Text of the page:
Zhang says Chinese consumers believe Alaska seafood is one of the healthiest products available because of the virtually pollution-free environment here and strict food-safety rules.

“For the safety, they think that is more safe for them, not just for the feeding for the family, and it is good for feeding for the kids,” Zhang said.

Zhang says Alaskan seafood has an advantage in a country where lack of environmental and workplace regulation means it isn’t always easy to ensure food is pure.

Xin Lyu has been working in the seafood industry in China for more than 20 years.

Lyu is impressed by Alaska’s pristine waters and efficient food safety systems at processors: huge selling points.

“I think that right now safety is almost the number one point that they focus on,” Lyu said.

Lyu is general manager for a seafood import/export company and CEO for Shanghai Hollywin Frozen Food.

Lyu said the news of new proposed tariffs was troubling. The Trump administration announced the tariffs overnight.

“We are really a little bit worried, but if you look for the long term I think seafood is more and more popular in China,” Lyu said.

Despite the continued tariffs, Lyu said Alaska has something special that she believes will keep its products selling in China, at least to those who can afford them.

China has a massive and growing middle class of consumers with money to spend and want sustainable and wild seafood.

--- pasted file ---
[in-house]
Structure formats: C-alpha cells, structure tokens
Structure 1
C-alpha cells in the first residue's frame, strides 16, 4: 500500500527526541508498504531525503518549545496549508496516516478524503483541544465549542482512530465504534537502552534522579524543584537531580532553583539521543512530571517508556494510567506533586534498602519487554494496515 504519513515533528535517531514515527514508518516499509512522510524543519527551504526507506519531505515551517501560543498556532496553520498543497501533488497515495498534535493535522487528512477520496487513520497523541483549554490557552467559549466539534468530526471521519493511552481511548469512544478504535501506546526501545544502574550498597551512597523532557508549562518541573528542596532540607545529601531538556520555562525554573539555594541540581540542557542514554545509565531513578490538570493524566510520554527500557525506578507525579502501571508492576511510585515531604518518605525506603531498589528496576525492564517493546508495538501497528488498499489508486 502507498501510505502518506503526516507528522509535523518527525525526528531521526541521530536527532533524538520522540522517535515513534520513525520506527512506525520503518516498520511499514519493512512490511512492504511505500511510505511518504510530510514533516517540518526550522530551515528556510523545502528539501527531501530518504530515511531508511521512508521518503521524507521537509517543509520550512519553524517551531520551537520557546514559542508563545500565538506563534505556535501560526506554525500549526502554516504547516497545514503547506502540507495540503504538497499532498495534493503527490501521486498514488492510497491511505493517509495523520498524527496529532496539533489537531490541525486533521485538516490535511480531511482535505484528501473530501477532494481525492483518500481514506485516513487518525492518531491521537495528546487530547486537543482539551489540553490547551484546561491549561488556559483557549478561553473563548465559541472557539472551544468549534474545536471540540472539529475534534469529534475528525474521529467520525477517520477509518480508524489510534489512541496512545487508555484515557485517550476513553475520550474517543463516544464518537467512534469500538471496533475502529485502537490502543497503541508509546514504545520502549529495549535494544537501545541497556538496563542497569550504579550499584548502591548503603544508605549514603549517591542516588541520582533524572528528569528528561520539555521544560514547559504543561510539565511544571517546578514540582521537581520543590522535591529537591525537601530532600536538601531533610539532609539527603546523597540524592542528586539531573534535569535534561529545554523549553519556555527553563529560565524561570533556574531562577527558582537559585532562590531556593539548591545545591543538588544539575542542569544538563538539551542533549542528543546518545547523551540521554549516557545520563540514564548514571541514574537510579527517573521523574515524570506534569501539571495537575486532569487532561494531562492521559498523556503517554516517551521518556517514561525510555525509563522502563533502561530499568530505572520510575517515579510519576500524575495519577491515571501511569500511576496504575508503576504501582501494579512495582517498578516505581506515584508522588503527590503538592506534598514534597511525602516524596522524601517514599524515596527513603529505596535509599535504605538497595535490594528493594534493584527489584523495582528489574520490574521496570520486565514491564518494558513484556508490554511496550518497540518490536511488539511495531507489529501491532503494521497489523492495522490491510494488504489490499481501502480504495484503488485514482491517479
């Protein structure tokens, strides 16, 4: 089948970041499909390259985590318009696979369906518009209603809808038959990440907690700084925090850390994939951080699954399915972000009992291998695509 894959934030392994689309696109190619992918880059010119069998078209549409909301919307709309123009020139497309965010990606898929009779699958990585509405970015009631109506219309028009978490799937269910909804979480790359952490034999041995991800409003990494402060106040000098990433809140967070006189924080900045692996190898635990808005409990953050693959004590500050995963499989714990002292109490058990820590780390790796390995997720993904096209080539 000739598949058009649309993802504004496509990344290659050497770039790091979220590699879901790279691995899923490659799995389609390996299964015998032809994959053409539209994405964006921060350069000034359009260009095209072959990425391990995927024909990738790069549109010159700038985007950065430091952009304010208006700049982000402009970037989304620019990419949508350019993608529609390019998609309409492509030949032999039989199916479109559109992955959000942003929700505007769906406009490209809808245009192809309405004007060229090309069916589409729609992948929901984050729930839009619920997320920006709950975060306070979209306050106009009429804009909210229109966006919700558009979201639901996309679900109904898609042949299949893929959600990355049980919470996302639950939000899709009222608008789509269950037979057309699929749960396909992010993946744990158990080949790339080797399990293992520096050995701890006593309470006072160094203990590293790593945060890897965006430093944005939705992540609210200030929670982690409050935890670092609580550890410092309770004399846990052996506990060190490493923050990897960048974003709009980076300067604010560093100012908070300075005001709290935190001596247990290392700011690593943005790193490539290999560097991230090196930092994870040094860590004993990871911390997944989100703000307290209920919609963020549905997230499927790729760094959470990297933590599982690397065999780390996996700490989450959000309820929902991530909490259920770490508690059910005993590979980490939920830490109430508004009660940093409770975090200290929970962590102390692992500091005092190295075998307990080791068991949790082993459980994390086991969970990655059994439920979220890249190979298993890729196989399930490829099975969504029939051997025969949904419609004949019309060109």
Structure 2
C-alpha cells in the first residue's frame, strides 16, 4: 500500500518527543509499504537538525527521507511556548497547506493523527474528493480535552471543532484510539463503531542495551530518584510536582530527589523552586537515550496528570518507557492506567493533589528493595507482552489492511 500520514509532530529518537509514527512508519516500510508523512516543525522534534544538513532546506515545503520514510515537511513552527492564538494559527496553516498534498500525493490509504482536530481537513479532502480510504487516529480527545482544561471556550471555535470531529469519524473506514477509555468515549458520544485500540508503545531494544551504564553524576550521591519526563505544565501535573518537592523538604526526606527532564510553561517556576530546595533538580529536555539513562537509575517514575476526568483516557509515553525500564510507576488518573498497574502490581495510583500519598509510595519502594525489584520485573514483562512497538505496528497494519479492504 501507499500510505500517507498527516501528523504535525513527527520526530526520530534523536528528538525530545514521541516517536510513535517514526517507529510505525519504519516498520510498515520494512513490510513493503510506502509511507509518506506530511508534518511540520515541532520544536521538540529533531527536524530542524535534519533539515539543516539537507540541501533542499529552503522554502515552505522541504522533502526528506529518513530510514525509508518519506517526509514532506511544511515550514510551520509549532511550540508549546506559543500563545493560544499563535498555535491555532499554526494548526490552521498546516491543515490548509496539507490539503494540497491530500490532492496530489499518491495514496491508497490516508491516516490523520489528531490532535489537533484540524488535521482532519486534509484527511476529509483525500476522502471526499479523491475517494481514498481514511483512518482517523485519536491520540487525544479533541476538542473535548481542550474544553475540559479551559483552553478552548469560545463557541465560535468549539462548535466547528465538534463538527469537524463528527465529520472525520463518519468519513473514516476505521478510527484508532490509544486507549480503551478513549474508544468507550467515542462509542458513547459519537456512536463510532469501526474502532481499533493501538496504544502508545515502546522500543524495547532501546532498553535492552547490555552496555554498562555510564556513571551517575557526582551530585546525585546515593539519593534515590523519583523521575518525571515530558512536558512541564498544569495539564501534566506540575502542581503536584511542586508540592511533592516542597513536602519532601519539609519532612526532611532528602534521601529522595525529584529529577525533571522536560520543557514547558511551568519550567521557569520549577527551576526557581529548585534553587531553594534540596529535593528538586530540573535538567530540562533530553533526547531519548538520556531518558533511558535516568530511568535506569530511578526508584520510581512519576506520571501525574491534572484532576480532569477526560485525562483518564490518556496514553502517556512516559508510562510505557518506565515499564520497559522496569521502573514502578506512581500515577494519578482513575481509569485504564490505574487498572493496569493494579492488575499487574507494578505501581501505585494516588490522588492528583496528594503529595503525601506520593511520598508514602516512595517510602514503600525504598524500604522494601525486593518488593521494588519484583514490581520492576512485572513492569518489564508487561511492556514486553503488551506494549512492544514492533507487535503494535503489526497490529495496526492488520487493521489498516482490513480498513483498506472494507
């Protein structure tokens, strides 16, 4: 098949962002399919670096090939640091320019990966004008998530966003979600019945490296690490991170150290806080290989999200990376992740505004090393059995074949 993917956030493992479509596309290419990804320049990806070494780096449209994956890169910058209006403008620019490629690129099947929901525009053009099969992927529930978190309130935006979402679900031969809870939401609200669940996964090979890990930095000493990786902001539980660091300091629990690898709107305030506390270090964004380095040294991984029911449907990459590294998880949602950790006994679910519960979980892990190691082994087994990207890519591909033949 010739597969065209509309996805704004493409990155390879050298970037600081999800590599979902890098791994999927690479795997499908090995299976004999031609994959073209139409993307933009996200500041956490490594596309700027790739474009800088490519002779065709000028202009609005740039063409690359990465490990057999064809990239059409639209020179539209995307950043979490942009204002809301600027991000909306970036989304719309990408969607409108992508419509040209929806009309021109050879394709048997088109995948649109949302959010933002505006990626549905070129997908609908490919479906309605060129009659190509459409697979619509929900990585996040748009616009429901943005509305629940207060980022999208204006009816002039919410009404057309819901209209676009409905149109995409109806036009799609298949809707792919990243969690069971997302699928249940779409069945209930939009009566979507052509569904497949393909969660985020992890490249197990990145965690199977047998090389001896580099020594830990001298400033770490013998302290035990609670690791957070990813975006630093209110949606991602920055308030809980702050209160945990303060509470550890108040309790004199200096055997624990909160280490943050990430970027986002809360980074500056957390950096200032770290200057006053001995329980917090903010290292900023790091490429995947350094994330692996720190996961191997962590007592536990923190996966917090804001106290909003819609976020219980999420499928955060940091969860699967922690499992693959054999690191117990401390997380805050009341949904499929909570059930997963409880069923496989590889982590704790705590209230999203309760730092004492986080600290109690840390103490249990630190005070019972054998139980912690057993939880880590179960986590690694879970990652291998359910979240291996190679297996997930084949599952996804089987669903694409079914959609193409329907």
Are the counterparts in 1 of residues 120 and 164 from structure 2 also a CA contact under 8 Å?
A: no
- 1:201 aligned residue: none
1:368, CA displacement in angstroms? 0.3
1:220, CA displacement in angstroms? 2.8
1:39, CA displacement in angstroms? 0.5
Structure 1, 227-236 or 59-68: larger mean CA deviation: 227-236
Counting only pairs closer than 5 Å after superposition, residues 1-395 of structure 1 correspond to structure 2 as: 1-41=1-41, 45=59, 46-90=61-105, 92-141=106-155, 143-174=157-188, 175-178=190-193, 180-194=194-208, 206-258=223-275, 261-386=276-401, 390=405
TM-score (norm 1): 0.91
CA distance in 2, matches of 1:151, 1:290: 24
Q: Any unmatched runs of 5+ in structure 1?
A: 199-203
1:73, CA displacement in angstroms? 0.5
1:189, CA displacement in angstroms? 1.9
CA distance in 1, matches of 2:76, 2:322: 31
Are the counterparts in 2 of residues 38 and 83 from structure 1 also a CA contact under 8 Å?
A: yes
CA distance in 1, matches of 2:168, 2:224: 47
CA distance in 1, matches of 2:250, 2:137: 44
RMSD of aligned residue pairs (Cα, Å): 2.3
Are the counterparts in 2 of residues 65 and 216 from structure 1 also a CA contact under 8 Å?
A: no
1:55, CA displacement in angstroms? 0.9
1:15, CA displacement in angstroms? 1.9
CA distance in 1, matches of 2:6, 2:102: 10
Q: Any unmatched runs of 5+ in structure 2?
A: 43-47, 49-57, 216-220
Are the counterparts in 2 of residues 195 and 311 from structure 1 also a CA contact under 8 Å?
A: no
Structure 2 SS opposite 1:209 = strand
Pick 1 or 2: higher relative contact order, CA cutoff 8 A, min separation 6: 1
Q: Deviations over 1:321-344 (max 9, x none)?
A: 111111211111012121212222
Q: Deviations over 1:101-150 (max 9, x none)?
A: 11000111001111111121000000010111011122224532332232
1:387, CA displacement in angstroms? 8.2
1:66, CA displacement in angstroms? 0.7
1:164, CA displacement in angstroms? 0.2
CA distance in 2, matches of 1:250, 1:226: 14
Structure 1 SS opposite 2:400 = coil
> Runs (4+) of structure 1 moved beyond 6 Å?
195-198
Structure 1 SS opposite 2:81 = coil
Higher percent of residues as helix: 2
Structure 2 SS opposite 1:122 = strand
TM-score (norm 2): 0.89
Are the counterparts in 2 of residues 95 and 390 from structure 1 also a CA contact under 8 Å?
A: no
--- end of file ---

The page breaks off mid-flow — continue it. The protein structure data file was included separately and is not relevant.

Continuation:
ASMI and lots of Alaska seafood processors and fishermen are counting on it.

The delegation will be in the U.S through July 14, making stops in Seattle and Anchorage, but the majority of their time was spent on Kodiak.

Daysha Eaton is a contributor with the Alaska Public Radio Network.

Daysha Eaton holds a B.A. from Evergreen State College, and a M.A. from the University of Southern California. Daysha got her start in radio at Seattle public radio stations, KPLU and KUOW. Before coming to KBBI, she was the News Director at KYUK in Bethel. She has also worked as the Southcentral Reporter for KSKA in Anchorage.

Daysha's work has appeared on NPR's "Morning Edition" and "All Things Considered", PRI's "The World" and "National Native News". She's happy to take assignments, and to get news tips, which are best sent via email.

Daysha became a journalist because she believes in the power of storytelling. Stories connect us and they help us make sense of our world. They shed light on injustice and they comfort us in troubled times. She got into public broadcasting because it seems to fulfill the intention of the 4th Estate and to most effectively apply the freedom of the press granted to us through the Constitution. She feels that public radio has a special way of moving people emotionally through sound, taking them to remote places, introducing them to people they would not otherwise meet and compelling them to think about issues they might ordinarily overlook.

Previous articleTrump administration puts brakes on Indian Country in Alaska
Next article49 Voices: Noatak Post of Juneau